Pass protection: Ponder had a shaky performance but faced a heavy rush for the second consecutive week. He scrambled for 71 yards on five carries, a good way to limit opposing blitzes, but at some point you need to have time to make plays in the pocket. The Raiders had five sacks. Offensive line has already emerged as one of the Vikings' top priorities for this offseason.

What's next: The Vikings travel to the Georgia Dome next Sunday to play the Atlanta Falcons.

Wrap-up: Bears 31, Chargers 20

November, 20, 2011
A look at another San Diego stumble:

What it means: The Chargers have now lost five straight games and they are falling out of the AFC West race. San Diego is 4-6 and it is two games behind division-leading Oakland, which is 6-4 and has already beaten San Diego.

Rivers’ struggles continue: San Diego quarterback Philip Rivers had a solid day as he threw for 280 yards on 21 of 31 passing. He threw two touchdowns. However, he threw two more interceptions in the fourth quarter. Rivers has made critical miscues in the fourth quarter in all six of the Chargers’ defeats this season. Rivers has thrown 17 interceptions in 10 games. It is his highest interception total of his career.

Vincent Jackson has a big game: The San Diego receiver had 165 yards receiving on seven catches. He also had a touchdown. Jackson has to be a major part of the offense for the rest of the season.

Mathews has ball security issues: Second-year running back Ryan Mathews had a tough day. He fumbled twice and lost one. Mathews had just 37 yards on 13 carries.

The offensive line holds up: Credit the makeshift San Diego offensive line. Playing without three injured starters, the line did not give up any sacks Sunday. The Chargers will have to keep it up on the fly. The San Diego Union Tribune reports that left tackle Marcus McNeill may miss the rest of the season with a neck stinger.

Cutler wins dual: Rivers lost his first game playing former AFC West rival, Jay Cutler, since 2008. Cutler threw for 286 yards in the win.

Defense sagging: The San Diego defense has been giving up way too many big plays during this five-game losing streak. It looks tired and overmatched.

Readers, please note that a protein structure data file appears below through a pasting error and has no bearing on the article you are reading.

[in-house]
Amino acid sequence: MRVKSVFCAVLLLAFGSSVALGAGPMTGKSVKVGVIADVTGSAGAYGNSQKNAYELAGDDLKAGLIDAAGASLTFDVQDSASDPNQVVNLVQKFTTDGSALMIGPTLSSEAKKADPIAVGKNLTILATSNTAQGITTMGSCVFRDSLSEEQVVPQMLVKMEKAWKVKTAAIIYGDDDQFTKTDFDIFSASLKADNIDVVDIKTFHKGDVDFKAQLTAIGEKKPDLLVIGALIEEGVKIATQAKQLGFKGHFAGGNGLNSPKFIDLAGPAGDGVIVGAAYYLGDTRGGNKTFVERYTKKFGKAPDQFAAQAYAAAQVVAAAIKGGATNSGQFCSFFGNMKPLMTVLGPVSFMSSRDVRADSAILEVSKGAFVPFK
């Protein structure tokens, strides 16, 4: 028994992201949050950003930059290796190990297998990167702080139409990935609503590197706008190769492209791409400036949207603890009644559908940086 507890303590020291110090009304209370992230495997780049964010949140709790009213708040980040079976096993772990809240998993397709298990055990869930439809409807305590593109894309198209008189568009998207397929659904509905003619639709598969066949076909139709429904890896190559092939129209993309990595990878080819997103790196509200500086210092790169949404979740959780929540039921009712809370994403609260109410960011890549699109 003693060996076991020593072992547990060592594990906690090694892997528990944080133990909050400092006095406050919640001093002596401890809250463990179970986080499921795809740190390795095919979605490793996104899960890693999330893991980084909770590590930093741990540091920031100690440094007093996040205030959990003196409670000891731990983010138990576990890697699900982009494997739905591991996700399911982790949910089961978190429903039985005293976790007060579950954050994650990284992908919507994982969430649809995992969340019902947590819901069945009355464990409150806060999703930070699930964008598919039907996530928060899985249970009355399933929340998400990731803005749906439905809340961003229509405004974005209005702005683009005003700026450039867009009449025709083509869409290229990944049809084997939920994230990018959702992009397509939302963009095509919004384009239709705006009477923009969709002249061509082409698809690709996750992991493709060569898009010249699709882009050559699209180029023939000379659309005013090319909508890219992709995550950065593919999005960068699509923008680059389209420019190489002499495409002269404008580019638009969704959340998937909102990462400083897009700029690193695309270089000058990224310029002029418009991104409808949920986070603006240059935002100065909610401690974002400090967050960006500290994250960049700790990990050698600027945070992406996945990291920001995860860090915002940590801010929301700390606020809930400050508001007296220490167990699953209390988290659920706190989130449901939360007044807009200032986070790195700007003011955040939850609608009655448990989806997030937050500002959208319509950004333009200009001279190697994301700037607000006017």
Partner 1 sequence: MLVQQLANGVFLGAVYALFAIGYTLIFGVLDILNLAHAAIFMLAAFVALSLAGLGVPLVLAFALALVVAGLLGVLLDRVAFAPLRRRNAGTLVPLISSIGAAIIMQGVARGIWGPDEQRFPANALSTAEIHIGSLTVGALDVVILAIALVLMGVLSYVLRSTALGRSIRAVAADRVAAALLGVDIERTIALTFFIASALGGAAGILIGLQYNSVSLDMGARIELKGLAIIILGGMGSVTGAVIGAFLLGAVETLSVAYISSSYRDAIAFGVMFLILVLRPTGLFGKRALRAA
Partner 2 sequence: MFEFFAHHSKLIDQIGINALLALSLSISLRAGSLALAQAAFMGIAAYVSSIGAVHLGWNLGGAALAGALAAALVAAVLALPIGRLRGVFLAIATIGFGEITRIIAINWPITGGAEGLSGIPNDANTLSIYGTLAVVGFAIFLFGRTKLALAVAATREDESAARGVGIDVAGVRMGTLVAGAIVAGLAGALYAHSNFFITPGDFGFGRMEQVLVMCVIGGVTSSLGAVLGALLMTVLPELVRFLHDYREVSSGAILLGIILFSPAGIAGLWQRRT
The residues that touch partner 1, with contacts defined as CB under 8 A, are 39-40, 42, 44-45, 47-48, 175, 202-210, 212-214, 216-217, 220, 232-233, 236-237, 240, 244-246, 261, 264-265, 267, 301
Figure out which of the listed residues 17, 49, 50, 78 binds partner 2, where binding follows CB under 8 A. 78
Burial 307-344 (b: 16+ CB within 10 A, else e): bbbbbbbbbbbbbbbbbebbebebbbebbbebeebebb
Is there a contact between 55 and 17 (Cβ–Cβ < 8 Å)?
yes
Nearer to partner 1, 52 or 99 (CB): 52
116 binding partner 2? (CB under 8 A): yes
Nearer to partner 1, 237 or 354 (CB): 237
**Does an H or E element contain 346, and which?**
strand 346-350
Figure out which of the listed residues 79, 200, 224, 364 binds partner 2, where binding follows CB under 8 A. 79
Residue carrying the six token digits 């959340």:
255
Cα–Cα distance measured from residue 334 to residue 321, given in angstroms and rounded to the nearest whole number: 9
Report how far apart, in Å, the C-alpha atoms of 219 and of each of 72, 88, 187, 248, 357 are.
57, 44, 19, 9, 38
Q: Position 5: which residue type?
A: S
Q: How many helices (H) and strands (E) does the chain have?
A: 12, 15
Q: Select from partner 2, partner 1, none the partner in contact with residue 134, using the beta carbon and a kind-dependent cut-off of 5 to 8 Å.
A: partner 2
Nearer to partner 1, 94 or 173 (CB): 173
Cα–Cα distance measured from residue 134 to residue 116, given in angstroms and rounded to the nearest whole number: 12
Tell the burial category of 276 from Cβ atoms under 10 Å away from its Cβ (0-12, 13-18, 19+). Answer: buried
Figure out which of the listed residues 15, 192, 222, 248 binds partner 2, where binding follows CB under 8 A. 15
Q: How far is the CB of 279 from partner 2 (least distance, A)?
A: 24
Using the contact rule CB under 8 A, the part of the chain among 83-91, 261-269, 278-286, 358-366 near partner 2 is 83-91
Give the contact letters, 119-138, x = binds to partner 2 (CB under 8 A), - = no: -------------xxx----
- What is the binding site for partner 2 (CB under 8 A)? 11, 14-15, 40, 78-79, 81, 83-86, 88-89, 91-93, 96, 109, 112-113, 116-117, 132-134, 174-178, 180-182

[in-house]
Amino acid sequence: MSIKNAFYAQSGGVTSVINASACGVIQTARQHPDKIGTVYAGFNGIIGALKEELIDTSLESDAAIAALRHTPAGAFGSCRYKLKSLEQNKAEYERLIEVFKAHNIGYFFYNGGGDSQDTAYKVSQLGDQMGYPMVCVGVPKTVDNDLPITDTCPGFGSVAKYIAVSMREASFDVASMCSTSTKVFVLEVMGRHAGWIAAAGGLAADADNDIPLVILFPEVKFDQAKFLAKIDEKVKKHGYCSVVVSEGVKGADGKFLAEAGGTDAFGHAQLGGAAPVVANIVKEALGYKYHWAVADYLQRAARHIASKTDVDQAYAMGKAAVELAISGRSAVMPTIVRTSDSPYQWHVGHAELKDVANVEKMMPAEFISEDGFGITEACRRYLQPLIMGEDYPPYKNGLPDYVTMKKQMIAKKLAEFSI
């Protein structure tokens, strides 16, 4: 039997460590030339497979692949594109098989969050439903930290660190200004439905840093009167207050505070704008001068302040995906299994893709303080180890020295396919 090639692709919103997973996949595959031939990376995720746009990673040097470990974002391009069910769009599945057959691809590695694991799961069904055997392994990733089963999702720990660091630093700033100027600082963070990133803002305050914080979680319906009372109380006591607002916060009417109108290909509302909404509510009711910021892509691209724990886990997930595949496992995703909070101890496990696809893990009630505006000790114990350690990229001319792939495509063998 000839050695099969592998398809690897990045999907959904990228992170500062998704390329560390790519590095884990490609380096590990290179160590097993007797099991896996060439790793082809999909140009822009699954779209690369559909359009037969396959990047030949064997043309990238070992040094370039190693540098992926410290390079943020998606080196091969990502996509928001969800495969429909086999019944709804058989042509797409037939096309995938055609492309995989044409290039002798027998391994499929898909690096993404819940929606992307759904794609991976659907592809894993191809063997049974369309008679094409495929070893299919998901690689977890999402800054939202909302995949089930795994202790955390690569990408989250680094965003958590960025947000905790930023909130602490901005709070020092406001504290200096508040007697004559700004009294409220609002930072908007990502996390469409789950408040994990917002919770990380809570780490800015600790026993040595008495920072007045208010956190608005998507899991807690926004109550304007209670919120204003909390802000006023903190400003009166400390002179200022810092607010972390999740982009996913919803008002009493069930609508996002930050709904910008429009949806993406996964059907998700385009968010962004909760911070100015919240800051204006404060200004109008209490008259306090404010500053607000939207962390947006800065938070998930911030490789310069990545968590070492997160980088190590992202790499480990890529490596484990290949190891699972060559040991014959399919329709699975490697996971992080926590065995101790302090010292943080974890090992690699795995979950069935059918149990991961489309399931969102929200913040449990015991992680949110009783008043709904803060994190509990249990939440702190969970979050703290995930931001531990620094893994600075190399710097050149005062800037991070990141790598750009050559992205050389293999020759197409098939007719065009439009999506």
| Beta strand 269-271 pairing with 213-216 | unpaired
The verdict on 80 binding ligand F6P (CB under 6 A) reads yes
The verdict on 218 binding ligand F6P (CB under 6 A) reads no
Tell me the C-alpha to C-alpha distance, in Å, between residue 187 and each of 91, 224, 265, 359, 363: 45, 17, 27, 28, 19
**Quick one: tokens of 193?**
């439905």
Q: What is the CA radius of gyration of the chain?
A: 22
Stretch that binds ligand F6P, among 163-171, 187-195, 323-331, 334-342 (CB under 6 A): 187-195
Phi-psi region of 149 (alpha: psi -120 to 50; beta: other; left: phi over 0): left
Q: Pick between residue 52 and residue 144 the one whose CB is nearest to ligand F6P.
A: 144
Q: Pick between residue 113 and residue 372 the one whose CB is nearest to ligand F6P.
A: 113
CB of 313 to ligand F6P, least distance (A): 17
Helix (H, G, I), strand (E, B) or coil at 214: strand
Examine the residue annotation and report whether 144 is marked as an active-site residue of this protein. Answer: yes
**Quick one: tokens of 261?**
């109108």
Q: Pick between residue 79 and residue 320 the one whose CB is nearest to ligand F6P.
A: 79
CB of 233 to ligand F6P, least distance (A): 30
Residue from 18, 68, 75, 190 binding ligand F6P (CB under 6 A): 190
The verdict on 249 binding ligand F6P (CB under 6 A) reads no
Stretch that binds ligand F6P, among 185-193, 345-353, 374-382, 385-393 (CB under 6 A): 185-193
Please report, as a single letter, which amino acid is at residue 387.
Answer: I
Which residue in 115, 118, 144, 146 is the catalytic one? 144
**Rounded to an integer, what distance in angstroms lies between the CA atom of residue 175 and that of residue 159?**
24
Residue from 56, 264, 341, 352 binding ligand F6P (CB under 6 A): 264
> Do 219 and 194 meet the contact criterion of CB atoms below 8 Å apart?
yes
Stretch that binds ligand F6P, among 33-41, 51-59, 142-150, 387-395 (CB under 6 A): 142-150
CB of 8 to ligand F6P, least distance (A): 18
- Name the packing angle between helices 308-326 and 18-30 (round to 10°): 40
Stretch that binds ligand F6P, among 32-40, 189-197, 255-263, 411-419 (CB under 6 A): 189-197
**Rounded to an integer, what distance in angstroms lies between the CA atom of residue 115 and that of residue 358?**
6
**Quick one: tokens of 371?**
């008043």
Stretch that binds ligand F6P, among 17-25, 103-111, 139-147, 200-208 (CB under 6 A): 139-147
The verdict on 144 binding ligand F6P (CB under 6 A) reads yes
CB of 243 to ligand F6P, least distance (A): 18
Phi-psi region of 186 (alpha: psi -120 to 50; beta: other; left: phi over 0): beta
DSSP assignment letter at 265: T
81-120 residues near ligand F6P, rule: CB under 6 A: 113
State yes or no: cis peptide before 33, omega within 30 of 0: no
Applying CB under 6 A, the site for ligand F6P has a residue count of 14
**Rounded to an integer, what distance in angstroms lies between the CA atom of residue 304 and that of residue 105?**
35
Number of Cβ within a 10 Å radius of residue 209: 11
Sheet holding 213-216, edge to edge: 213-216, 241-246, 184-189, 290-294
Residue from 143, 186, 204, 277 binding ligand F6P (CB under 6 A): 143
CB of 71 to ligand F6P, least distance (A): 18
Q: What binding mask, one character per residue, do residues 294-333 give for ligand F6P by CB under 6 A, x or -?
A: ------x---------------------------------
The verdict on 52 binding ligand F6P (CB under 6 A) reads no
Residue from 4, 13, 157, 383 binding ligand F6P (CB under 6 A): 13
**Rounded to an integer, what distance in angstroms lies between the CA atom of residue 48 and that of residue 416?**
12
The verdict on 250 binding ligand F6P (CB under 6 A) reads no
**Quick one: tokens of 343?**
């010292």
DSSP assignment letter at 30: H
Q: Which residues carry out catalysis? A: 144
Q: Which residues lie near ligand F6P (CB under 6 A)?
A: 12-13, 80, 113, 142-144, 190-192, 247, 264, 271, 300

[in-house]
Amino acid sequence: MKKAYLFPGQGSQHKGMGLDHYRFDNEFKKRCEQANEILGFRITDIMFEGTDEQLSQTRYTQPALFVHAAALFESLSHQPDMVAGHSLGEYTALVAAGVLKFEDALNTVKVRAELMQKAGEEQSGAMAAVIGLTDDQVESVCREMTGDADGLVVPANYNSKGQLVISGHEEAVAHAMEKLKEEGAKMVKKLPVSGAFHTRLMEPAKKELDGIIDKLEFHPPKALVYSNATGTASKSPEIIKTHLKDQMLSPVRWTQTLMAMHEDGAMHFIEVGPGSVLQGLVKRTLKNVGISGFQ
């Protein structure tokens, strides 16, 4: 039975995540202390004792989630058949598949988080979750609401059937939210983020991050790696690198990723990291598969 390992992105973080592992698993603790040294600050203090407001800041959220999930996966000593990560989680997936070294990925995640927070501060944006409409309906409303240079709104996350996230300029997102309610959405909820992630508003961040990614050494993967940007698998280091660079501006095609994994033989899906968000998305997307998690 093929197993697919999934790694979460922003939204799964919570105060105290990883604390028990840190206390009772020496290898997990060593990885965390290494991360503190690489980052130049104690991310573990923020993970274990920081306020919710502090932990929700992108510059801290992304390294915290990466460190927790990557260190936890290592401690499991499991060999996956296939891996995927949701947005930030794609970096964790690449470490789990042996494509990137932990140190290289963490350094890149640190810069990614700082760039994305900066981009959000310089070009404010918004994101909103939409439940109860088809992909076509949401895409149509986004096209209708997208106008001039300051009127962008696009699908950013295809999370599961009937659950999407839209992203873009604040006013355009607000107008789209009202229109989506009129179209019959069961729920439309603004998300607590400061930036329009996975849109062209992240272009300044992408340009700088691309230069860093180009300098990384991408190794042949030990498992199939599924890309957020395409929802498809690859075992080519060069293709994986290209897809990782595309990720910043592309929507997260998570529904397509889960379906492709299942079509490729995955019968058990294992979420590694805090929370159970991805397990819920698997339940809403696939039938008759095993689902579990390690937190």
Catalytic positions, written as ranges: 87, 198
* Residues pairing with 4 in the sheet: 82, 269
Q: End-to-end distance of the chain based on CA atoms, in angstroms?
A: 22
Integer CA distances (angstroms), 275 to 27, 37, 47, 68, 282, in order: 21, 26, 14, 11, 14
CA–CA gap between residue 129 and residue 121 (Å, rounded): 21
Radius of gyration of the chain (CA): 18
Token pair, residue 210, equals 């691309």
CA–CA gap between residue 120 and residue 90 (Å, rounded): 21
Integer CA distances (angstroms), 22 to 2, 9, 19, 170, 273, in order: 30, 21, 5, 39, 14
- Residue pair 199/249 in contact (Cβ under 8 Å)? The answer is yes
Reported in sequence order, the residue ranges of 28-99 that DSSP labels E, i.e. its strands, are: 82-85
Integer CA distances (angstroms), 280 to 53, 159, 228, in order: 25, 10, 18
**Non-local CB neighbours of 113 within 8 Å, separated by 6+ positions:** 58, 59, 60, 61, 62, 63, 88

What’s next: The Chargers host Tim Tebow and the hot Denver Broncos in Week 12.

Wrap-up: Lions 49, Panthers 35

November, 20, 2011
A few thoughts on a wild game at Ford Field:

What it means: Down 24-7 in the second quarter, the Detroit Lions outscored the Carolina Panthers 42-11 the rest of the way to clinch their seventh victory of the season and keep pace with the Chicago Bears in the NFC wild-card picture. According to the Elias Sports Bureau, the Lions are the first team in NFL history to overcome 17-plus point deficits to win three games in the same season. The others were in Week 3 against the Minnesota Vikings (20-0) and Week 4 at the Dallas Cowboys (27-3). No lead is safe against this team.

Welcome back Mr. Smith: Raise your hand if you saw this kind of game coming from tailback Kevin Smith, who re-signed with the team only two weeks ago. Smith scored three of the Lions touchdowns, accounting for 201 combined yards rushing and receiving. The only Lions player in the past 50 years to average more than Smith's 8.8 yards per carry Sunday is Hall of Famer Barry Sanders. Most of us had given up on the Lions getting game-changing production from their backfield in any sense, much less as a runner. The Lions thought so little of Smith that they declined to bring him to training camp. Could he be their answer? What a story that would be. Said Lions coach Jim Schwartz: "There are a lot of great stories in the NFL and I’m sure there are a lot of storylines today, but I think the NFL would be hard-pressed to find a better story than Kevin Smith."

StaffordWatch: Lions quarterback Matthew Stafford threw two first-quarter interceptions, putting him in a similar situation as last Sunday against the Bears: In a pass-only catch-up mode while hampered by a fractured right index finger. But I thought Stafford got it together on the possession after the Panthers took their 17-point lead. He hit receiver Nate Burleson for a 15-yard pass on third-and-12, and ultimately completed the final six passes of a 12-play drive that made clear the Lions weren't going away. Stafford completed 77.8 percent of his passes and followed those two interceptions with five touchdown passes. That's what a quarterback does when he wants to take his team to the playoffs.